Research of Soviet sport scientist A.S. Medvedyev predicted a 7 – 20 year time frame for the records of 1988 to be overcome (see This was almost accurate for some of the snatch records. However, as  of 2020 all the 1988 C&J records are still out of reach. Medvedyev made several observations about the records set by 1988: / the rate was slowing by the end of the decade as a possibility records were becoming very close to the limits; / the effects the of the PED’s of that period had declined over time.

Here is another mis-statement:

“The period under investigation, between 2009 – 2019, was the worst decade of doping the sport of weightlifting has ever experienced. There were 58 (actually 59) positive tests on re – testing samples from Beijing and the London Olympic Games.” McLaren report.

This is not true. The period leading up to and including the 1988 Olympics was the most prolific period. The 59 positives were re – tests (of London and Beijing samples); all but 10 were from the former USSR and/or other aligned eastern bloc countries. Not one Asian athlete was positive for anabolic agents. In fact, several Asian research papers concluded, unlike Europe and the USA; there has not been a significant culture of doping in Asia. For instance, the McLaren report also falsely claimed the Korean team left the Seoul Olympics.

What happened to cause all the re – test positives? Testing technology leapt forward between 2008 – 2016. The tests of 2015-16 effectively were able to detect use of PEDs much further back in time after the athletes had stopped. The further back the tests could detect use; the lower the effectiveness of the drugs stopped in time to pass the technology of the day; hence, the stagnation in world records since 1988. Various sources (USSR, East Germany) attributed the stoppage of world records in weightlifting and track and field to “even the threat” of what were relatively crude out of competition testing protocols in the wake of the Seoul Olympics (Charniga, 2012).

Examples which confirm these conclusions are the stagnation of records in track and field parallel those in weightlifting. Some of the T&F records which still stand: the shot put world record set in 1990; the hammer 1986; long jump 1991; triple jump 1995; discus 1986; women’s 100 & 200 m, both 1988.  The world record in the women’s 100 m hurdles set in 1988 was finally beaten in 2016 by 0.01 seconds i.e, it stood for 29 years.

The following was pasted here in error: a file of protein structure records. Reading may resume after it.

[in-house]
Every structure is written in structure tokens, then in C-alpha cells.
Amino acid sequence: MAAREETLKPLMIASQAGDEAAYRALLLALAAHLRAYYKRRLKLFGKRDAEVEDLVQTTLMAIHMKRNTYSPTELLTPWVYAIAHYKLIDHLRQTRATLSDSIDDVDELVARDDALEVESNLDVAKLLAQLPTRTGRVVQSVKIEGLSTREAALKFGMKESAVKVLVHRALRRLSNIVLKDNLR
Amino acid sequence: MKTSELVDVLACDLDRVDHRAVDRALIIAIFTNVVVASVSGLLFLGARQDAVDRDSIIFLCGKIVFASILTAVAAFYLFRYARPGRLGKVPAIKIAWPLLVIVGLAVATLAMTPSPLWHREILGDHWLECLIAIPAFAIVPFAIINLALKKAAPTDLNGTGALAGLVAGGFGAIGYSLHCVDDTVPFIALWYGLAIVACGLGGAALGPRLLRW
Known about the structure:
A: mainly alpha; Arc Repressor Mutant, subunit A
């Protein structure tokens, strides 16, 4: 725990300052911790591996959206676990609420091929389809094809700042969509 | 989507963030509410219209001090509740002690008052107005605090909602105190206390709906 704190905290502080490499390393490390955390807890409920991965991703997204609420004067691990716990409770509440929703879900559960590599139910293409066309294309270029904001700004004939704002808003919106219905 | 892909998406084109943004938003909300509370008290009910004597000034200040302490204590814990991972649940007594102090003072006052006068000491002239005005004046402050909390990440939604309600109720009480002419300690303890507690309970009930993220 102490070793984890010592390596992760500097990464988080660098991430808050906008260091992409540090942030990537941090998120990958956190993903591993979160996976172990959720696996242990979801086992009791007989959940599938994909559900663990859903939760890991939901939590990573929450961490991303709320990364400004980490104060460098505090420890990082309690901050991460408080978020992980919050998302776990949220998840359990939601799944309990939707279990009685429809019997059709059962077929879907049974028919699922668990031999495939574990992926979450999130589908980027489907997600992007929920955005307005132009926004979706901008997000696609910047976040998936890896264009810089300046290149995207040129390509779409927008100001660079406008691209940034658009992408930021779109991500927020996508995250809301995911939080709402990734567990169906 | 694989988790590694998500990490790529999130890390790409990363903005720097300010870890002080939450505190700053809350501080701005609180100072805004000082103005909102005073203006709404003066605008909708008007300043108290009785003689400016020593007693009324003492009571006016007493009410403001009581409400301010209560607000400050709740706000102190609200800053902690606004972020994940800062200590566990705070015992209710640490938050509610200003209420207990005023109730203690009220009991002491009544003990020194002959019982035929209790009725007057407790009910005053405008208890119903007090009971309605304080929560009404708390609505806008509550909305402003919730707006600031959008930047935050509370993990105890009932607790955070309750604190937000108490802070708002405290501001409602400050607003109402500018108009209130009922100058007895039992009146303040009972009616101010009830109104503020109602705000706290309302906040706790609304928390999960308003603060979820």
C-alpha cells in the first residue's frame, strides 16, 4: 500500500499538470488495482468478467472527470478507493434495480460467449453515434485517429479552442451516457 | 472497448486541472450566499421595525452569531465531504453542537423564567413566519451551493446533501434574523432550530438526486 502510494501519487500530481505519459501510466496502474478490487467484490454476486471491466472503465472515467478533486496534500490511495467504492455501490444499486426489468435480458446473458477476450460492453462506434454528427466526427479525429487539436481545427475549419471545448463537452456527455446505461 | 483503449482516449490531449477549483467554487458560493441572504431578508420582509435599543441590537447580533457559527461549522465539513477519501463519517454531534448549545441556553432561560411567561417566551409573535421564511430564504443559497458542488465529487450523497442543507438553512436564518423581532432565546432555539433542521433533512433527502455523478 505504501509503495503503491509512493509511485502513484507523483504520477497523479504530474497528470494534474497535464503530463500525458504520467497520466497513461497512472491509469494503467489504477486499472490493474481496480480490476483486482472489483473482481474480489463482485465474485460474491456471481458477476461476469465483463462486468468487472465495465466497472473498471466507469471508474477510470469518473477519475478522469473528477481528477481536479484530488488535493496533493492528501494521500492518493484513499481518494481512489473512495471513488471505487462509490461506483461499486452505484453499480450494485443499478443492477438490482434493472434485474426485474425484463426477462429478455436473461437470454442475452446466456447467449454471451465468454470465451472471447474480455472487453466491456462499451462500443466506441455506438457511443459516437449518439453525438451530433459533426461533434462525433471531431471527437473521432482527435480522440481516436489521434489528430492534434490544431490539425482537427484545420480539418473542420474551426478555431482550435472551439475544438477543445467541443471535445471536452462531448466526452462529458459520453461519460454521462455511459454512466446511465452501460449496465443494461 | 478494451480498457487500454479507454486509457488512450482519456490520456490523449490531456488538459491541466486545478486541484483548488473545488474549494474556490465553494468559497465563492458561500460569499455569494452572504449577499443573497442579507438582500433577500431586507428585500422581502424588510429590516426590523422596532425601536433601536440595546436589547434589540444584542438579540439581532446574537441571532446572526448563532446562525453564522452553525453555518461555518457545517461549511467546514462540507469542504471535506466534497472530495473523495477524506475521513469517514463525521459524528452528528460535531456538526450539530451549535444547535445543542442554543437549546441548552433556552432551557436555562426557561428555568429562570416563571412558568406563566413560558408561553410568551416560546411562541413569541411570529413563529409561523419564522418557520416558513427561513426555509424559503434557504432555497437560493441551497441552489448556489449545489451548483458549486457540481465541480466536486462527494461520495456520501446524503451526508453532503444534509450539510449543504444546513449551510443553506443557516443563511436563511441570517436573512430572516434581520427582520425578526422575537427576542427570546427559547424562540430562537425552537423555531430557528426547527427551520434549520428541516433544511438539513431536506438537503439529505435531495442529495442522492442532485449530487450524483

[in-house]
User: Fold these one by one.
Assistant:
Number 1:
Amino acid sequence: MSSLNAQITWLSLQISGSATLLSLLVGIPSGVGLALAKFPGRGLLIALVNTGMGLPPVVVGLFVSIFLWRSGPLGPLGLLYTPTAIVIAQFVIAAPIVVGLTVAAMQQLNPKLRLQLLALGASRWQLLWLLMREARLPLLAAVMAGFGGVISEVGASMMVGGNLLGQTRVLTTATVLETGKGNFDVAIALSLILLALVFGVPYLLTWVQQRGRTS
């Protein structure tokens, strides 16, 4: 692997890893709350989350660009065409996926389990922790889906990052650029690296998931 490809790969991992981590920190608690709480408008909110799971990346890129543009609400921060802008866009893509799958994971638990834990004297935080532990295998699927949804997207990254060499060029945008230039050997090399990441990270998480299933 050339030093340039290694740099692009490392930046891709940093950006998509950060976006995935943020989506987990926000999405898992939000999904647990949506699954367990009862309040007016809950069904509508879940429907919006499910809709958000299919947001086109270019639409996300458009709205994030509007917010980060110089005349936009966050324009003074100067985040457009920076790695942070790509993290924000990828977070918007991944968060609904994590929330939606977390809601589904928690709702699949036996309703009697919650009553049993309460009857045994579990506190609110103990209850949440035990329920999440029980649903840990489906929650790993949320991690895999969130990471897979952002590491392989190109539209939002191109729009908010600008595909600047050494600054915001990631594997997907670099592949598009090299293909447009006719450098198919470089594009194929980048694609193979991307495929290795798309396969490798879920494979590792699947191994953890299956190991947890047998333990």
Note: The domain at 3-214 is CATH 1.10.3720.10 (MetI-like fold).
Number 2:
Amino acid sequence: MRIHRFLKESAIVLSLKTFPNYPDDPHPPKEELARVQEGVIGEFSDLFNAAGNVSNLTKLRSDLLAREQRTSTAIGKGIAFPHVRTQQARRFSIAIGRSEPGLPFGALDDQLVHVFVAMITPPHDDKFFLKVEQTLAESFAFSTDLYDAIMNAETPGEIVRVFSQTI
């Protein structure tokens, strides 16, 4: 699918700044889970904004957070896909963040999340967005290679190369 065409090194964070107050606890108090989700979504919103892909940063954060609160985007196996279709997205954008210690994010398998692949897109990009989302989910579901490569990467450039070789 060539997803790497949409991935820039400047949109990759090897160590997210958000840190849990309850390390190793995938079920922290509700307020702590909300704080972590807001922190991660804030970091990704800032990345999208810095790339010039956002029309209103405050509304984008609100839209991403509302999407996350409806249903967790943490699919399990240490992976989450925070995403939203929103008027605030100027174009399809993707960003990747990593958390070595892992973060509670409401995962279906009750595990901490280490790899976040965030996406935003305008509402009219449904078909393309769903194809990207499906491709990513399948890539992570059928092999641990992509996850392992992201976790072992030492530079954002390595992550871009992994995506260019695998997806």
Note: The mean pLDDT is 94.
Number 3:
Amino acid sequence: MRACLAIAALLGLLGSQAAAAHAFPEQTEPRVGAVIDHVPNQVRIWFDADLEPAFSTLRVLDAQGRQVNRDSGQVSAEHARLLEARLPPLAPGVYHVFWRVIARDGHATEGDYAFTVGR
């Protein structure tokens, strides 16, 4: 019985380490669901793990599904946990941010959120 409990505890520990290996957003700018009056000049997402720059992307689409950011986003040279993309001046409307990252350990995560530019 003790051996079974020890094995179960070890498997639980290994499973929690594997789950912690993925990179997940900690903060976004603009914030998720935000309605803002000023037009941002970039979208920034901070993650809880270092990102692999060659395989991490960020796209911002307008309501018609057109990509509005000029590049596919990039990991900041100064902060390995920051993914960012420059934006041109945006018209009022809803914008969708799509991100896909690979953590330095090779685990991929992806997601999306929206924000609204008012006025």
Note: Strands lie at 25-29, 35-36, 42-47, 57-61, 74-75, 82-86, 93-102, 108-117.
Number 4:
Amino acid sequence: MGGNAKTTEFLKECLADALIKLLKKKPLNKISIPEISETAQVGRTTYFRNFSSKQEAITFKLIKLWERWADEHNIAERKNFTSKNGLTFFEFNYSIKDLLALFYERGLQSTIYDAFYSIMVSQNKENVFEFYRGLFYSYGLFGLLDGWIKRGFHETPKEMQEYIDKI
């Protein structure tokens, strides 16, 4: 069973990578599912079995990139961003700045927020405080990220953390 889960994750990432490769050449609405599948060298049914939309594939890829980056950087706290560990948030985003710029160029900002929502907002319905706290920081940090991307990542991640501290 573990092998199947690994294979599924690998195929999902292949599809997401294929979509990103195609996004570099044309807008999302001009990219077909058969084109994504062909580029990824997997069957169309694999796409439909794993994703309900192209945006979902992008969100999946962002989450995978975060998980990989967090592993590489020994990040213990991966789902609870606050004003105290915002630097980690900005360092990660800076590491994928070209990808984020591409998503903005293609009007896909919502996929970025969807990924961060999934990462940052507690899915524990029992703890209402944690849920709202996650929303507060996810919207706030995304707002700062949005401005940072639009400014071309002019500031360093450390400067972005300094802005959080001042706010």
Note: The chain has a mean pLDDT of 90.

Figure 1. The closest anyone has actually come to breaking one of the clean and jerk records in place at the end of 1988. This 172 would have exceeded Terziisky’s (BUL) 171 kg at 56 kg set in 1987. Charniga photos.

Furthermore, by 2009, the scale of championship medals had long since tipped in favor Asia; now the dominant power in the sport, over the European countries.

As already pointed out, the effectiveness of testing is directly connected as to how far back the technology was/is capable of detecting if an athlete has used PEDs; and, most importantly when administration ceased. The further back in time the detection window is open, the more effective the controls; the lower the ergogenic effect as usage ceases in time to pass the testing protocols. This ‘wider window’ effect was evident already in the wake of the 1988 Olympics all the way to Beijing and London; with lower results in the Olympics compared to previous for so many athletes.

If that number 59 cited above sounds like a lot and it is. Recently the Kenyan runners have been the darlings of academics touting their muscle fiber composition, long, lighter shins and so forth as testimonial to their dominance in international distance races. Then:

“Kipketer joins the growing list of Kenyan athletes suspended for doping offences.

A total of 43 athletes, including the women’s 2016 Olympic marathon champion Jemima Sumgong and three-time world 1,500m winner Asbel Kiprop, are currently banned from the sport.

Several others, like Kipketer, are awaiting hearings – the number of Kenyans currently serving bans could soon reach over 50

Kipketer is unlikely to be the last athlete this year to fall foul of failing to make themselves available for drugs testing, after the AIU warned on its website that it “will be taking a more stringent approach to whereabouts requirements in 2020”.

To put the re – test results in some reasonable perspective (which McLaren does not) it must be pointed out that those re – test positives (not just in weightlifting) passed the testing technology of the day in London and Beijing. Consequently, athletes did not test positive at the Games; with their lower results; in most cases; as proof administration ceased long enough to pass the technology of 2008 and 2012. A leap of chemistry opened the detection window to up to six months removed from cessation of administration; proof obtained from urine frozen eight years, no less.

Certainly, sports such as football, basketball, hockey, baseball and others could, would never have such standards as the IOC. Eight years on positives from frozen urine would never survive legal challenges. Imagine testing urine of NHL players frozen for eight years. Not likely. Who would be left to play, eh?